And if this gets us closer to a de facto standard messaging service with end-to-end encryption, it might actually be a good thing. Google is pushing hard for RCS Messaging to be the "next big thing", and I think it's pure evil and needs to die in a fire. There's no place for messaging that doesn't do E2E crypto in the 21st century. I'd rather have Facebook Messenger with dumb ads than send cleartext messages around that my fucking cell carrier is almost certainly storing somewhere (probably in a dozen places), which is what Google is pushing for.

Also, over-the-top messaging services (like Messenger, WhatsApp, etc.) are intrinsically better architecturally than SMS / RCS because they're not carrier-dependent. RCS is the last gasp of the cell carriers trying to stay relevant and do something other than just push packets. Which is bad. We need to beat those fuckers down to the bottom of the stack where they belong, pushing fucking datagrams. We're almost there.

If Facebook Messenger is the hammer and WhatsApp is the anvil on which we break the cell carriers' visibility into the userland, I'll work with those tools. It's a lot easier to move to a different app than it will be to fix problems in RCS if it catches on.
posted by Kadin2048 at 9:13 AM on January 25 [11 favorites]


What do you mean by "safe" in this context, odinsdream? Secure/encrypted communications?
posted by Grither at 9:14 AM on January 25


Safe as in not broken by law enforcement authorities.
posted by odinsdream at 9:15 AM on January 25 [3 favorites]


I have it on good authority (someone who worked with US Cyber Command) that Telegram is absolutely not safe.

Honestly I wouldn't mind as long as the NSA doesn't start targeting me with adverts.
posted by Damienmce at 9:15 AM on January 25 [9 favorites]


The 3 normie-dominated messenger services getting to talk to one another seems fine to me.
posted by Space Coyote at 9:16 AM on January 25 [3 favorites]


It's just, like, as long as you're choosing, choose Signal or Wire instead of Telegram.
posted by odinsdream at 9:17 AM on January 25 [7 favorites]


Yes, Telegram is not a good choice. Signal is better, if you want encrypted comms.

Signal's crypto has been widely audited and is probably as trustworthy as you can get, running on consumer devices. Telegram... is not.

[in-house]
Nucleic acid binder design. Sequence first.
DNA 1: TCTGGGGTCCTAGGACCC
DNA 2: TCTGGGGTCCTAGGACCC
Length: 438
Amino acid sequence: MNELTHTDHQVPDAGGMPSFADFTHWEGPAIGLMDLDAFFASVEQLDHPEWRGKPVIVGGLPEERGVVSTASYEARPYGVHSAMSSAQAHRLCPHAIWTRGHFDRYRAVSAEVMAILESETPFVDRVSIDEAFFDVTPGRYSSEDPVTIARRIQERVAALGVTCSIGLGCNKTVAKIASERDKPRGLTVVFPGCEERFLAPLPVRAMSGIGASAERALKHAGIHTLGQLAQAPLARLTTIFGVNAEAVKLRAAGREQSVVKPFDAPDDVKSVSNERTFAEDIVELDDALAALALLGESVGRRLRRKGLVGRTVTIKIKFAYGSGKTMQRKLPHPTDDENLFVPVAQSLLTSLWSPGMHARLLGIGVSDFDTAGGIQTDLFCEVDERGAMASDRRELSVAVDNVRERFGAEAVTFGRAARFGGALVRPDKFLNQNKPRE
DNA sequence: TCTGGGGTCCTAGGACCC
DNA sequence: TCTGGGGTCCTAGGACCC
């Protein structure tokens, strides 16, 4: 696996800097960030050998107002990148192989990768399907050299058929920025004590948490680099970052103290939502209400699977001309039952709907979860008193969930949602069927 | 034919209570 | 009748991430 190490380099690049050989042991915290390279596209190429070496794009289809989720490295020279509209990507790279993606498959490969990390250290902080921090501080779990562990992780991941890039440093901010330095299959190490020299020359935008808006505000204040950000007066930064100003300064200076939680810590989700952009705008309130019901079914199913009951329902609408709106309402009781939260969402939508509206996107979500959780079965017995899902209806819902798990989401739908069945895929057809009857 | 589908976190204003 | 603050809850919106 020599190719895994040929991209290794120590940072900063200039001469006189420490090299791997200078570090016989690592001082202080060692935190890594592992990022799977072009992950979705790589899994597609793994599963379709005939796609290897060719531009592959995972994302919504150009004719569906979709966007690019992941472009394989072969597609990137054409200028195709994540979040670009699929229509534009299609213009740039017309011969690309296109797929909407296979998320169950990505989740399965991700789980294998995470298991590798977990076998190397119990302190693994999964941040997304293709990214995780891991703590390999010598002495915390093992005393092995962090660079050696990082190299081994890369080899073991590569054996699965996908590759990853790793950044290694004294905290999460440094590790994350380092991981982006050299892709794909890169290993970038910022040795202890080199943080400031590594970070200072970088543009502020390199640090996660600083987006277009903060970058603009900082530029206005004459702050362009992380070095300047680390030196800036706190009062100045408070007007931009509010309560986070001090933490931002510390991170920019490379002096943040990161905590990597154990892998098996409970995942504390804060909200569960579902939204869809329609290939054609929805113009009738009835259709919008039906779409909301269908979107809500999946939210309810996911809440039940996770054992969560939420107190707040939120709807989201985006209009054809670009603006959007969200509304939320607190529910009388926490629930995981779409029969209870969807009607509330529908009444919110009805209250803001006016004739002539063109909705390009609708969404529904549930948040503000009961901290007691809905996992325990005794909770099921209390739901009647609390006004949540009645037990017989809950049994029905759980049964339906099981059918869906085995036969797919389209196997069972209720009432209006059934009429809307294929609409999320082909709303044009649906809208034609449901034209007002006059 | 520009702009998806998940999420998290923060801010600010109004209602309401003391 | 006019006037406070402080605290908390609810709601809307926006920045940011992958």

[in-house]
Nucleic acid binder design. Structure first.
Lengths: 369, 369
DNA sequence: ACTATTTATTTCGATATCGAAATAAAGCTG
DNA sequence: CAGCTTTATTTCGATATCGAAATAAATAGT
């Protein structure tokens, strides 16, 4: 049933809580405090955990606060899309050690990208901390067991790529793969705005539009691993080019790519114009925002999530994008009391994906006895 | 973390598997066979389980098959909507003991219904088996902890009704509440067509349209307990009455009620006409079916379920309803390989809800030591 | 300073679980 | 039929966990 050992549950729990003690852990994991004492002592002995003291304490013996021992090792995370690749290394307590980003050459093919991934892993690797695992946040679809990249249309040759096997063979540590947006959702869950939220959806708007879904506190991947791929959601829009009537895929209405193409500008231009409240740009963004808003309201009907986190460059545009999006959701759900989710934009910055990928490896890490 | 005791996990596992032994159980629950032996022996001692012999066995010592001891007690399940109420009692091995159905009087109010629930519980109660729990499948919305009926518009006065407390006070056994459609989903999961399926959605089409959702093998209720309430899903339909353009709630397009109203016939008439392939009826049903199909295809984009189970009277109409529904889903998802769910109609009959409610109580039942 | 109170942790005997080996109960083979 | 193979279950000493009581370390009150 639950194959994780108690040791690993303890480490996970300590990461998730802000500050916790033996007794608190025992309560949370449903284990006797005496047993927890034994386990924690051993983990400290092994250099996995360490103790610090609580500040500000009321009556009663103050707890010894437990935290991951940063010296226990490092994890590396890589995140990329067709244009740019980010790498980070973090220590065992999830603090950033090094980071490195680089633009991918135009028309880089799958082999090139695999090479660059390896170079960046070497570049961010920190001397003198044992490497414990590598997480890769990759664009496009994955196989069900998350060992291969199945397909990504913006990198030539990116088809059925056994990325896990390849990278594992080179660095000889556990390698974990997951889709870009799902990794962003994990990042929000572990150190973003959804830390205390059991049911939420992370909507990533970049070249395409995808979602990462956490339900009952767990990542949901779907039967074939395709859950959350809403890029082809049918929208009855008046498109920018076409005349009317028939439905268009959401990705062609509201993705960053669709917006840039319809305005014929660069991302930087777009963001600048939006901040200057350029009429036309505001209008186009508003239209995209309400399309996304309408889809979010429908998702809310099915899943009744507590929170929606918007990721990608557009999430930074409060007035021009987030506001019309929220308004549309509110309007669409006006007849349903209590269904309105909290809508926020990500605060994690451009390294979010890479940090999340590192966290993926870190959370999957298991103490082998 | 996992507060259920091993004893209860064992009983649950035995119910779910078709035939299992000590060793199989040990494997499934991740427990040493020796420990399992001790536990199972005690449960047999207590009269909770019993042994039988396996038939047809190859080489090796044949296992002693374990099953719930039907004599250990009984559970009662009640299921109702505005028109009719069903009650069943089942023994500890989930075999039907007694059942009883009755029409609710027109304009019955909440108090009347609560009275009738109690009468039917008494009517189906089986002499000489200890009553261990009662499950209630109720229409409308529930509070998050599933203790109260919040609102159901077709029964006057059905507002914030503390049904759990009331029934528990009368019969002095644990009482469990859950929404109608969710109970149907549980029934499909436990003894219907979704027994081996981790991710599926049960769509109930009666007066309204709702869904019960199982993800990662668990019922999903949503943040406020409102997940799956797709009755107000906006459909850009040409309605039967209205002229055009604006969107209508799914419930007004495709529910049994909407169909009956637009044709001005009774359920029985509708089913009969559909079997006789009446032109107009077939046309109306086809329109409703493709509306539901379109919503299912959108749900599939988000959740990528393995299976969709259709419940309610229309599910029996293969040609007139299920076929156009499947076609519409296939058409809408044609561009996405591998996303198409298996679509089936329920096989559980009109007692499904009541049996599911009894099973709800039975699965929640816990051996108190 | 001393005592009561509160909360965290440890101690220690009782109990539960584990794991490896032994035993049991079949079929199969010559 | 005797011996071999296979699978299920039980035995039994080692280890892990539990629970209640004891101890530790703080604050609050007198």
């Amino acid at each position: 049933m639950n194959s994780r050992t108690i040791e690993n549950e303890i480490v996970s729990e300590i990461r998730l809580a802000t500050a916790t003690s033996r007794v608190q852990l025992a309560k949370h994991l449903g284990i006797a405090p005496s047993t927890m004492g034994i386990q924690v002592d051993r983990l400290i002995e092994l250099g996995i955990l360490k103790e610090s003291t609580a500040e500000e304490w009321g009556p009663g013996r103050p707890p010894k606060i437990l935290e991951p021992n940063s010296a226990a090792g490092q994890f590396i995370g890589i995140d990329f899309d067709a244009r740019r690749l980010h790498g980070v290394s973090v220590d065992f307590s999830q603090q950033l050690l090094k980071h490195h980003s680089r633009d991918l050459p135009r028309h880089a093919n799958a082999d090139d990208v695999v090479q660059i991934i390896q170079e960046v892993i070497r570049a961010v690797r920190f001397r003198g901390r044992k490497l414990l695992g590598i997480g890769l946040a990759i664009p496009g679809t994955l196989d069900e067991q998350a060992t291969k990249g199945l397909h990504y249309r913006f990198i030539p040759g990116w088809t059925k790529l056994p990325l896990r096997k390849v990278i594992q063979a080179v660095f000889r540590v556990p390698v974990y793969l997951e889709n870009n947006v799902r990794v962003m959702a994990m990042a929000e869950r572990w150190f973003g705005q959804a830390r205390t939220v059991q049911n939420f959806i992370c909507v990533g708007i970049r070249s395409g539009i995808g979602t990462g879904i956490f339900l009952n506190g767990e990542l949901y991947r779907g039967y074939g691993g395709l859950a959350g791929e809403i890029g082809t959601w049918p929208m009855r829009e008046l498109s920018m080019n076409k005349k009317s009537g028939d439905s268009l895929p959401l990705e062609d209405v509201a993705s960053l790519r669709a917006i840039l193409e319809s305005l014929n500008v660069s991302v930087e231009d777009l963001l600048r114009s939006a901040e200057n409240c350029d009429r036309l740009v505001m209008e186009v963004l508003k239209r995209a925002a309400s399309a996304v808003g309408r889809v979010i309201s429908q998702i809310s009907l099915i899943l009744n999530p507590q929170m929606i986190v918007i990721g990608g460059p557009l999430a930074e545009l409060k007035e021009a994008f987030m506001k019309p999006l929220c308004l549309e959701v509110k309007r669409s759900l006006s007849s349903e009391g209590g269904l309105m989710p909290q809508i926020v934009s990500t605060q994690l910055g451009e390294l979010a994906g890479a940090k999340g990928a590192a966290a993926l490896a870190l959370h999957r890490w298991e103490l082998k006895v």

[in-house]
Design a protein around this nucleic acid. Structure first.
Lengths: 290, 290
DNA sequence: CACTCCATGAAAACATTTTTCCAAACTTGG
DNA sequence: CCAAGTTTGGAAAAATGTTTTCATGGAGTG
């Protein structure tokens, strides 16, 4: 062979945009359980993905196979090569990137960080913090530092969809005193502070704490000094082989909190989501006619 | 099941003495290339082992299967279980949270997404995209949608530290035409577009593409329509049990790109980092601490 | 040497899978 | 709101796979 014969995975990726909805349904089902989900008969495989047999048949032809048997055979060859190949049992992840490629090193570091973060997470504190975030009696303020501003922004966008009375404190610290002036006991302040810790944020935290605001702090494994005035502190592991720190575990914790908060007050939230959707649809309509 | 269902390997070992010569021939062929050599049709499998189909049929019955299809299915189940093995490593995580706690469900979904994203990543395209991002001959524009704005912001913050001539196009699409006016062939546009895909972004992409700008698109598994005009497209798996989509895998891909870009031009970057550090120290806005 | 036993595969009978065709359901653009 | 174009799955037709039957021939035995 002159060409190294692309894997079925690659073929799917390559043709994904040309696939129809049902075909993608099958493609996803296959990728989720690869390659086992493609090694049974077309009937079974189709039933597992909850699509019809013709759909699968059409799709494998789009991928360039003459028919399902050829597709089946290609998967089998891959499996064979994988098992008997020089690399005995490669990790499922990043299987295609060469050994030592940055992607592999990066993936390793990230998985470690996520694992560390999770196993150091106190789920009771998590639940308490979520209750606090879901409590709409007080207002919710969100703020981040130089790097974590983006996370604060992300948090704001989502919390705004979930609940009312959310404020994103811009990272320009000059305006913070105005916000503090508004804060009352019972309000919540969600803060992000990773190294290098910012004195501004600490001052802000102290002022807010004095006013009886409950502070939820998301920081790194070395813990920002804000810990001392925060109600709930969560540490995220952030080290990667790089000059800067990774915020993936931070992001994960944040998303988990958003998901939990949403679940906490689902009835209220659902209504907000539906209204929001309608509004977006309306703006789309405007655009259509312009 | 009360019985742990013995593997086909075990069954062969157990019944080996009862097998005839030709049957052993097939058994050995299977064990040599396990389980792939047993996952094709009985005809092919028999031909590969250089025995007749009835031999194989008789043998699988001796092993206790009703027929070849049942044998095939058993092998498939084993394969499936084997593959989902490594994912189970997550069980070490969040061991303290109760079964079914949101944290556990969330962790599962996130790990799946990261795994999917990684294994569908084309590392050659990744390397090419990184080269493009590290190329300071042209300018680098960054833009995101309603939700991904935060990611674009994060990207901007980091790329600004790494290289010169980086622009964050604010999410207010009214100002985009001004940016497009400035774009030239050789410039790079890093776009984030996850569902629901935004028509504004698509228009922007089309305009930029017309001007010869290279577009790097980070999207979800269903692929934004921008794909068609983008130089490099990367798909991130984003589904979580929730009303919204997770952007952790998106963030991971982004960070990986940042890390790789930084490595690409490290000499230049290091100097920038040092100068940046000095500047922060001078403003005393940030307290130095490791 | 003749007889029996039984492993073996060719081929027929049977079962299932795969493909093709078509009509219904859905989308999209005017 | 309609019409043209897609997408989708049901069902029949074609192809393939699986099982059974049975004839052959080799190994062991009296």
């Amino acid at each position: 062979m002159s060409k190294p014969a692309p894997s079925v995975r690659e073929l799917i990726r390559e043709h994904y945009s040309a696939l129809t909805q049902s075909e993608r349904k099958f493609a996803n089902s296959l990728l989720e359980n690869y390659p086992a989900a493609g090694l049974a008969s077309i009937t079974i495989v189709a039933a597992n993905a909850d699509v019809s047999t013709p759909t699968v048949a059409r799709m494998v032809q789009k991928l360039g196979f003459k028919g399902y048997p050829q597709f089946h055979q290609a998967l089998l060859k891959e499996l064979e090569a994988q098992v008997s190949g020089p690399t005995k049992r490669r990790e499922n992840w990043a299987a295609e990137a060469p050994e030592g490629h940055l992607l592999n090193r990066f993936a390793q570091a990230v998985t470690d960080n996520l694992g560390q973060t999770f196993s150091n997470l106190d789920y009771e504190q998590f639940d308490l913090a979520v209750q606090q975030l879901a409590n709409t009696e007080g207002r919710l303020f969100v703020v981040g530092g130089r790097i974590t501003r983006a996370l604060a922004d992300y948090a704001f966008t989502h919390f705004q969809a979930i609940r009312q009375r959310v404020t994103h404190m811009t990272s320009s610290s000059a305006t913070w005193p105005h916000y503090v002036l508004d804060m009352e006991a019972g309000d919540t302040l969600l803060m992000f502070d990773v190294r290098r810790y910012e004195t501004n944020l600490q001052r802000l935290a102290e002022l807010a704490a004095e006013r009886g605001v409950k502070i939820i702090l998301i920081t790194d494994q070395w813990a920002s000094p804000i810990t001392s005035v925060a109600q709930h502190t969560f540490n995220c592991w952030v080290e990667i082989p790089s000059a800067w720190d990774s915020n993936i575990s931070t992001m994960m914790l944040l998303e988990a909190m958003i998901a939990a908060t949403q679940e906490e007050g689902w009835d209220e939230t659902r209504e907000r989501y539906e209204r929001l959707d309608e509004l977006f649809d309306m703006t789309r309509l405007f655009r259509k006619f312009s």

posted by Kadin2048 at 9:18 AM on January 25 [6 favorites]


Yes, Telegram is not a good choice. Signal is better, if you want encrypted comms.


Why is that?
posted by Evstar at 9:23 AM on January 25


So I still have a Facebook account because a bunch of my professional community discussions happen there. I do not use Messenger and have refused to use it, and nor am I an active poster.

I am forced to have a WhatsApp account because a whole bunch of my extended family and former classmates, especially outside the US, are not on iOS and that's the only common channel we share.

I actually like Instagram.

And now it's merge all three, or nothing? I might be pushed to "nothing".
posted by RedOrGreen at 9:24 AM on January 25 [3 favorites]


Why is that?

Very next sentence:
Signal's crypto has been widely audited and is probably as trustworthy as you can get, running on consumer devices. Telegram... is not.
posted by zamboni at 9:24 AM on January 25 [2 favorites]


I will say, I've been using signal for a long while and the Android app is excellent. I wish more people I knew used it.
posted by selfnoise at 9:28 AM on January 25 [5 favorites]


Oh crap. I use Fb and Instagram for work. This is going to muddy so many streams and make it impossible to keep my work and personal online lives separate.
posted by sciencegeek at 9:29 AM on January 25 [4 favorites]